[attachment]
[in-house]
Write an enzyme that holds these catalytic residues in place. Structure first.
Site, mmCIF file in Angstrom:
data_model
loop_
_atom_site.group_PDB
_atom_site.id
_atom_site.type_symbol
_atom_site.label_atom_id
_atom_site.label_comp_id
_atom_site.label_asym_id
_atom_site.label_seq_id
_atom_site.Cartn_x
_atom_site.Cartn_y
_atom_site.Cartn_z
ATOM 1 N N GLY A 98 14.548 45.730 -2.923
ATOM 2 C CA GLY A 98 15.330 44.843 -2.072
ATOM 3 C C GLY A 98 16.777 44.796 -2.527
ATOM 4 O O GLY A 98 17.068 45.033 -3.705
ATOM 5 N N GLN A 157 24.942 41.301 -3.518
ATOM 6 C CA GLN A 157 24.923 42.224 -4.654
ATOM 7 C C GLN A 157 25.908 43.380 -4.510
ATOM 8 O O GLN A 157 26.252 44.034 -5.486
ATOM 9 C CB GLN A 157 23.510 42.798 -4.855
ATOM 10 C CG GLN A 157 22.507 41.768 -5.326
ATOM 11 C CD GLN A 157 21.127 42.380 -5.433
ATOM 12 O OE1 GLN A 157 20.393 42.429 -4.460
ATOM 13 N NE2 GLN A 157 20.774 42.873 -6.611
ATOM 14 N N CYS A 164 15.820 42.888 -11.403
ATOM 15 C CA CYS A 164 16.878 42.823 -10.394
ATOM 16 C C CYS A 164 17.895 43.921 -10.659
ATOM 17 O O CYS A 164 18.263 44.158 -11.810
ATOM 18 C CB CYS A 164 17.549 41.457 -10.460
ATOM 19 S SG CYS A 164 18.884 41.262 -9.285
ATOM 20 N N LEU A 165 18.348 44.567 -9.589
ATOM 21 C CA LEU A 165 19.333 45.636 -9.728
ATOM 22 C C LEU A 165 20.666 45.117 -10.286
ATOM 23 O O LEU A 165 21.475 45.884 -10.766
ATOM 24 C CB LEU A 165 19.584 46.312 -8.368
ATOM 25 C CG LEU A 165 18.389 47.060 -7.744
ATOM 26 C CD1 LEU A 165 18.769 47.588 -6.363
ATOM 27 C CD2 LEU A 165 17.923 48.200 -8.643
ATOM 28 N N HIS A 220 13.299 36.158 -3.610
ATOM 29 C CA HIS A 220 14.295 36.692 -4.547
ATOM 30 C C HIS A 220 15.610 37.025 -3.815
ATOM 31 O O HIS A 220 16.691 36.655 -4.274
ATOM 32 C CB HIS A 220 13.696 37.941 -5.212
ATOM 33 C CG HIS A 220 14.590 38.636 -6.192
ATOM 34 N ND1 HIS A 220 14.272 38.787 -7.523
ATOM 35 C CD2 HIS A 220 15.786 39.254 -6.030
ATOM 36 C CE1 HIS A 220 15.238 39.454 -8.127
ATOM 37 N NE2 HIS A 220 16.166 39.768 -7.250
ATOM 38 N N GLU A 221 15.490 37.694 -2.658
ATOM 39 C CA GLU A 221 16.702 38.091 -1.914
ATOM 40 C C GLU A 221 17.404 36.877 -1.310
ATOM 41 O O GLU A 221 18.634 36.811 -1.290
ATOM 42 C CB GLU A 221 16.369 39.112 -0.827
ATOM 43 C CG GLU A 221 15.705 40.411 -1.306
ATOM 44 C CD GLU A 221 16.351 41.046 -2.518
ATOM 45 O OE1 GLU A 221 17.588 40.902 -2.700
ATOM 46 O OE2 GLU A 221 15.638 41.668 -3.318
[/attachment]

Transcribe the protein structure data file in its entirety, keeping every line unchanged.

[in-house]
Write an enzyme that holds these catalytic residues in place. Structure first.
Site, mmCIF file in Angstrom:
data_model
loop_
_atom_site.group_PDB
_atom_site.id
_atom_site.type_symbol
_atom_site.label_atom_id
_atom_site.label_comp_id
_atom_site.label_asym_id
_atom_site.label_seq_id
_atom_site.Cartn_x
_atom_site.Cartn_y
_atom_site.Cartn_z
ATOM 1 N N GLY A 98 14.548 45.730 -2.923
ATOM 2 C CA GLY A 98 15.330 44.843 -2.072
ATOM 3 C C GLY A 98 16.777 44.796 -2.527
ATOM 4 O O GLY A 98 17.068 45.033 -3.705
ATOM 5 N N GLN A 157 24.942 41.301 -3.518
ATOM 6 C CA GLN A 157 24.923 42.224 -4.654
ATOM 7 C C GLN A 157 25.908 43.380 -4.510
ATOM 8 O O GLN A 157 26.252 44.034 -5.486
ATOM 9 C CB GLN A 157 23.510 42.798 -4.855
ATOM 10 C CG GLN A 157 22.507 41.768 -5.326
ATOM 11 C CD GLN A 157 21.127 42.380 -5.433
ATOM 12 O OE1 GLN A 157 20.393 42.429 -4.460
ATOM 13 N NE2 GLN A 157 20.774 42.873 -6.611
ATOM 14 N N CYS A 164 15.820 42.888 -11.403
ATOM 15 C CA CYS A 164 16.878 42.823 -10.394
ATOM 16 C C CYS A 164 17.895 43.921 -10.659
ATOM 17 O O CYS A 164 18.263 44.158 -11.810
ATOM 18 C CB CYS A 164 17.549 41.457 -10.460
ATOM 19 S SG CYS A 164 18.884 41.262 -9.285
ATOM 20 N N LEU A 165 18.348 44.567 -9.589
ATOM 21 C CA LEU A 165 19.333 45.636 -9.728
ATOM 22 C C LEU A 165 20.666 45.117 -10.286
ATOM 23 O O LEU A 165 21.475 45.884 -10.766
ATOM 24 C CB LEU A 165 19.584 46.312 -8.368
ATOM 25 C CG LEU A 165 18.389 47.060 -7.744
ATOM 26 C CD1 LEU A 165 18.769 47.588 -6.363
ATOM 27 C CD2 LEU A 165 17.923 48.200 -8.643
ATOM 28 N N HIS A 220 13.299 36.158 -3.610
ATOM 29 C CA HIS A 220 14.295 36.692 -4.547
ATOM 30 C C HIS A 220 15.610 37.025 -3.815
ATOM 31 O O HIS A 220 16.691 36.655 -4.274
ATOM 32 C CB HIS A 220 13.696 37.941 -5.212
ATOM 33 C CG HIS A 220 14.590 38.636 -6.192
ATOM 34 N ND1 HIS A 220 14.272 38.787 -7.523
ATOM 35 C CD2 HIS A 220 15.786 39.254 -6.030
ATOM 36 C CE1 HIS A 220 15.238 39.454 -8.127
ATOM 37 N NE2 HIS A 220 16.166 39.768 -7.250
ATOM 38 N N GLU A 221 15.490 37.694 -2.658
ATOM 39 C CA GLU A 221 16.702 38.091 -1.914
ATOM 40 C C GLU A 221 17.404 36.877 -1.310
ATOM 41 O O GLU A 221 18.634 36.811 -1.290
ATOM 42 C CB GLU A 221 16.369 39.112 -0.827
ATOM 43 C CG GLU A 221 15.705 40.411 -1.306
ATOM 44 C CD GLU A 221 16.351 41.046 -2.518
ATOM 45 O OE1 GLU A 221 17.588 40.902 -2.700
ATOM 46 O OE2 GLU A 221 15.638 41.668 -3.318